Preliminary Detailed Design
Team Vision for Preliminary Detailed Design PhaseThe goal of the Preliminary Detailed Design Phase was to create a detailed design plan for the project proof of concept. By the end of the phase, we completed the following:
- Feasibility Analysis of chosen design concepts
- Detailed drawing packages of the proof of concept
- Full Bill of Materials for proof of concept
- Detailed Systems Architecture
- High Level Software Flowchart
- Electrical Schematics for major electrical components such as micro-controller, motors, and entire ATLAS system
- Preliminary Test plans for key system components
- ATLAS Configuration Management Plan
Mechanical Design: Feasibility, Prototyping, Analysis, Simulation
We performed extensive research on various 3D printer
concept designs to better understand how to most
effectively model a Cartesian coordinate linear
positioning system. A design that we believe provides the
best guide to follow is that of the Prusa i3 Mk3 model. A
picture of the system can be found below.
We want to model the carriages of our system in the same fashion as the Prusa. The picture below shows an example of how the timing belts are hooked up to the carriage.
Although it provides the basic framework for our design, it will need to be heavily modified to meet our needs, such as adding a scalability aspect, a camera mount, etc. Another important modification is the movement in the vertical axis. The Prusa model utilizes a lead screw for this movement, which is very slow. This isn't an issue for a 3D printer but would be for our design. In order to meet our speed requirements, we needed to decide on a drive system for the vertical Y-axis. Including the lead screw used for the Y-axis and the timing belt used for the X-axis, we researched four different linear positioning systems shown in the table below.
With the level of accuracy and speed required for our system, we decided to further explore the ball screw drive and timing belt drive options.
Ball Screw Drive
BackgroundBall screw drives essentially consist of a screw and a nut. The screws are manufactured to a high precision grade and the nut is similar to a ball bearing system, where steel balls in the nut roll along the grooves of the screw. The screw is rotated by the motor and the nut travels based on the direction of rotation.
Design Parameters & CalculationsThe Ball screw system would have Fixed-Floating end supports. This means that one end would be rigid and fixed with double bearings to the motor and motor housing and the other end would be fixed to a single bearing and a supporting block connected to the MFD.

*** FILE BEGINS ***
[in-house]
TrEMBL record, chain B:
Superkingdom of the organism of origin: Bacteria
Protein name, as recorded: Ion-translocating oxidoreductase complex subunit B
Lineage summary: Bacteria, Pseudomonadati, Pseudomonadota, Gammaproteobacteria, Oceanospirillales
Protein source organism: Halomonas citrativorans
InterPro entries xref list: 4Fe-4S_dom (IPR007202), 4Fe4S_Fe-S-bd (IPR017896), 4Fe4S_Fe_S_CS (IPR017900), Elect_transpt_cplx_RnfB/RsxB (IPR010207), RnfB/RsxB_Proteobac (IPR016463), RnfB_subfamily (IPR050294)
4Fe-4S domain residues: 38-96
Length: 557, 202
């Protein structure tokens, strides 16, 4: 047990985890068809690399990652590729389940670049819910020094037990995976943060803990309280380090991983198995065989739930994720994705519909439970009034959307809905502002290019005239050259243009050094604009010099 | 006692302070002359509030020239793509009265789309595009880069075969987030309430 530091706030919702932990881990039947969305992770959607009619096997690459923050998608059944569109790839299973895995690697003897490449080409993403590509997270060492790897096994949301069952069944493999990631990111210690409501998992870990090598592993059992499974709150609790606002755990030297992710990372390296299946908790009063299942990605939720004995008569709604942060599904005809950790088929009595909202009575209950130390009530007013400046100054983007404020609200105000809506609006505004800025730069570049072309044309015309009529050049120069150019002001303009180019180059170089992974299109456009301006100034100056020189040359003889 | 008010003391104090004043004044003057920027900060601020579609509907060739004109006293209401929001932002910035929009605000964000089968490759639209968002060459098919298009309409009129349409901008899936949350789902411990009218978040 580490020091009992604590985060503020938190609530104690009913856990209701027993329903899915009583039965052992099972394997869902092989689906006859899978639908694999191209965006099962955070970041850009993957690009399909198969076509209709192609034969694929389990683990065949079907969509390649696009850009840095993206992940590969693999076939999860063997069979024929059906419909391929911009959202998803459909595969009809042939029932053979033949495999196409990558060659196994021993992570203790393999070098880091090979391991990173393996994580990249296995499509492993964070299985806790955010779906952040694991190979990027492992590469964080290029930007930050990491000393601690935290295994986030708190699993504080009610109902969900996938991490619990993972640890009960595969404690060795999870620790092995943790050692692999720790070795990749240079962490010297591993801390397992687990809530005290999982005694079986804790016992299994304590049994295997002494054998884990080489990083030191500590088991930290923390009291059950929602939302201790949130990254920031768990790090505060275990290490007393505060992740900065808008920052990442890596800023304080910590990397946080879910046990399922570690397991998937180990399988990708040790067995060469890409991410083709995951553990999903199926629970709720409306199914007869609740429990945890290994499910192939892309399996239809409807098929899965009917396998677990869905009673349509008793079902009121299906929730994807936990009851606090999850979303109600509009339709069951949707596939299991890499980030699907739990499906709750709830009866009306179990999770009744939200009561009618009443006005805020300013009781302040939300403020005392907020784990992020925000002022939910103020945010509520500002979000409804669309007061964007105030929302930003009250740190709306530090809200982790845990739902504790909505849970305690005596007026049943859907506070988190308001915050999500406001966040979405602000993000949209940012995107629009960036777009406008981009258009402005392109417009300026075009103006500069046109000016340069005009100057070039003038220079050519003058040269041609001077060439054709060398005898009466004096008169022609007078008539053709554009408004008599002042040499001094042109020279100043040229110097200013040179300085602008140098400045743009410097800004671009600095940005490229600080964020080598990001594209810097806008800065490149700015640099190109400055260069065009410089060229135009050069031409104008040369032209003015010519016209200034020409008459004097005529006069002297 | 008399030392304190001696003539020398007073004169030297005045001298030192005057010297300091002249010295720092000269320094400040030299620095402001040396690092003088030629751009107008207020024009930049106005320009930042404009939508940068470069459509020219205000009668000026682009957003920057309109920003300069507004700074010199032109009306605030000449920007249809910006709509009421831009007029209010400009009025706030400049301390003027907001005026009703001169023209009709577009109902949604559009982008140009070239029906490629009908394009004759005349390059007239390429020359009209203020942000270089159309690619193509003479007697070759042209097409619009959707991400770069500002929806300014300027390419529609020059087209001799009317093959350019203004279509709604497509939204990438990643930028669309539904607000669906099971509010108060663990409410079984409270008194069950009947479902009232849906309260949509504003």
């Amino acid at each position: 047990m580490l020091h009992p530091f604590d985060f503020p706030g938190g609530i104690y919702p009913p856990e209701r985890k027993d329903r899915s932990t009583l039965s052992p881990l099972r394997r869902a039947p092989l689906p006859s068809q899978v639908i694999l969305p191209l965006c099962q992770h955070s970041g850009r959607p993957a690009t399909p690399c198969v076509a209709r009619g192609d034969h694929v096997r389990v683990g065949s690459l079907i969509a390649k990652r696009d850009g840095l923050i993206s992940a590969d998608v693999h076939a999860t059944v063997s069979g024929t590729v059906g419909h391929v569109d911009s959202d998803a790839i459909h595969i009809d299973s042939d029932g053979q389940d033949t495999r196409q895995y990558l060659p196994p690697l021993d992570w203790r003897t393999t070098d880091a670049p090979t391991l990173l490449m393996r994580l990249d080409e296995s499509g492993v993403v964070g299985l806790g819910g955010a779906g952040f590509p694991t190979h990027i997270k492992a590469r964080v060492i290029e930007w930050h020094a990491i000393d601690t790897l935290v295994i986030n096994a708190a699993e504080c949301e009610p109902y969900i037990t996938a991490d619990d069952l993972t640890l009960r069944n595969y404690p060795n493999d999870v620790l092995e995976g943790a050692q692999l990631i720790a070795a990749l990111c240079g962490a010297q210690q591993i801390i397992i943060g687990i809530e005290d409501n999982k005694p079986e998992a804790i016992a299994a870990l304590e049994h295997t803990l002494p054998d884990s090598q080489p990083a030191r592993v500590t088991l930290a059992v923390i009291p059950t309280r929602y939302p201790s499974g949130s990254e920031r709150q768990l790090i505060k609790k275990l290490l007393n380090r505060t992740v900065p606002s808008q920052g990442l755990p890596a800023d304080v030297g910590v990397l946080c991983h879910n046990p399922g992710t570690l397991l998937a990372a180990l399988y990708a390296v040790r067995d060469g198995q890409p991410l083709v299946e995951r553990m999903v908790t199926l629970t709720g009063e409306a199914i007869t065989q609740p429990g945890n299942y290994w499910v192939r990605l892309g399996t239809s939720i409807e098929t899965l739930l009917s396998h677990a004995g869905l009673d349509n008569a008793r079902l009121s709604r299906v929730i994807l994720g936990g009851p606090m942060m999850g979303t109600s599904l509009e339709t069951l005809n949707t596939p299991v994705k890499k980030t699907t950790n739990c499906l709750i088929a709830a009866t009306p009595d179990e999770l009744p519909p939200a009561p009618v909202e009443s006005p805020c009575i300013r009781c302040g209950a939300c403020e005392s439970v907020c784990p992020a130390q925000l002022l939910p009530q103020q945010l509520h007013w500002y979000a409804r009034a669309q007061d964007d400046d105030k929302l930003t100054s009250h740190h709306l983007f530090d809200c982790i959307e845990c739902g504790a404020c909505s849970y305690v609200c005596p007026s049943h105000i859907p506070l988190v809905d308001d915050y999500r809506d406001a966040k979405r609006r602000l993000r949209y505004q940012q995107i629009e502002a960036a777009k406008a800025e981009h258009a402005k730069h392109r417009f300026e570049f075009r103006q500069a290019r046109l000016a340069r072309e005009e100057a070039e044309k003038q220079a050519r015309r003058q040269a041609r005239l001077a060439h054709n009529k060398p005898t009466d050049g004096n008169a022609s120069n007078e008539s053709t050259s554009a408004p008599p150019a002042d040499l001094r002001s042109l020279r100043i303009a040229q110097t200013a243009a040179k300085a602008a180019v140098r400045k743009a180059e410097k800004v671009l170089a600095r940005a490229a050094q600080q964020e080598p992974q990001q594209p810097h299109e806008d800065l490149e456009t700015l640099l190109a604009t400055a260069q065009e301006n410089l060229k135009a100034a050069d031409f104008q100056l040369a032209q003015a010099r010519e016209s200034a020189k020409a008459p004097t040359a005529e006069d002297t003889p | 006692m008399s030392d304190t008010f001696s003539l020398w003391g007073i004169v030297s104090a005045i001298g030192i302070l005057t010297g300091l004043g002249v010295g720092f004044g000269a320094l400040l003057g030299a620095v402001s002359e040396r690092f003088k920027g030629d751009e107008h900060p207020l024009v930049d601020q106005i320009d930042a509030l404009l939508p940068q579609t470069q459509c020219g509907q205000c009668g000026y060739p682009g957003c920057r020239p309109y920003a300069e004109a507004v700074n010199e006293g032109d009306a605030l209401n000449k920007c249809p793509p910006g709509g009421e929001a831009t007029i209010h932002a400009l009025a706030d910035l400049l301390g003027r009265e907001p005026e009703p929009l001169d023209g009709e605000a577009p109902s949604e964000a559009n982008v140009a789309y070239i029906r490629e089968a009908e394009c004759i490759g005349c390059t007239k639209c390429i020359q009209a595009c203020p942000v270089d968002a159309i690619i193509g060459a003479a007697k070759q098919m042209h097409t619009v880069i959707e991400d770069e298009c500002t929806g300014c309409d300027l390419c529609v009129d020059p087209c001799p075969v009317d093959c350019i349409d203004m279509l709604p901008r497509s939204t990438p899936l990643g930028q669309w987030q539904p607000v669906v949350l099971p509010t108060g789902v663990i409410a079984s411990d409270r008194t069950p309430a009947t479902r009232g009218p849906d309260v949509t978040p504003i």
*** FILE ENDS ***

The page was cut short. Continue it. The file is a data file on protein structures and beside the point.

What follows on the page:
The following is a table of nominal parameters used that will fulfill the engineering requirements of our system:
The lead is a function of the desired speed of the system and the motor torque. Through the following calculation, the lead of the system would need to be 35.56 mm or larger.
The cost of implementing a ball screw drive would be between $500 and $1000 for the full-size range of the ATLAS Too system.
Timing Belt Drive
BackgroundThe timing belt drive system translates rotary motion into linear motion through a pulley. The pulley is directly attached to the motor and through a pulley at the opposite end of the system and to the carriage.
Design Parameters & CalculationsBased on the engineering requirements specific to our design, the specifications for the timing belt and pulleys were determined, as shown in the following table. The system will feature T5-pitch trapezoidal belts with widths of 15mm. Each belt will be secured to the component it is moving by being secured around knobs on the back of the component.
The cost of implementing the timing belt linear drive system would be about $100 across the full-size range of the ATLAS Too system.
We decided to proceed with the Timing Belt linear positioning drive largely due to cost.
ScalabilityTo simplify the scope of the design, we decided to create two size ranges for the final product. Our initial engineering requirement was to create a device that is compatible with MFDs as small as 6"x9" and as large as 30"x30". The two size ranges of the final product will be: Small to Medium and Medium to Large. The Small to Medium size range will cover MFDs as small as 6"x9" and as large as 14"x19". The Medium to Large size range will cover MFDs as small as 14"x19" and as large as 24"x30".
The mechanical drawings for the design can be found here:
Due to the tap speed requirement, an analysis was performed for the linear actuator from the previous ATLAS team and the linear actuator that we planned on purchasing.
From the Power Analysis Table, we need a Power Supply of at least 12V and 10A. We plan to do more research on a power supply next phase.
Additionally, we will be looking into using a second Raspberry Pi in order to break the system into modules.
Software FlowchartThe flow chart below represents the top level software design for the atlas and its subcomponents.
Configuration Management Plan
Bill of Materials (BOM)From the known design components, a Bill of Materials was created for the Proof of Concept.
The budget created in Phase II was also updated to reflect the purchases made so far.
The full Phase III updated budget worksheet can be found here.
Test Summary MatrixThe test summary matrix shows the relationship between the test plans and the risks that are associated with this project. The entire document can be found here.
The test plans are a complete document of criteria and procedure for testing critical requirements of the system. The example test plan is shown below. The entire document can be found here.
You can find the full document for the risk management strategies here.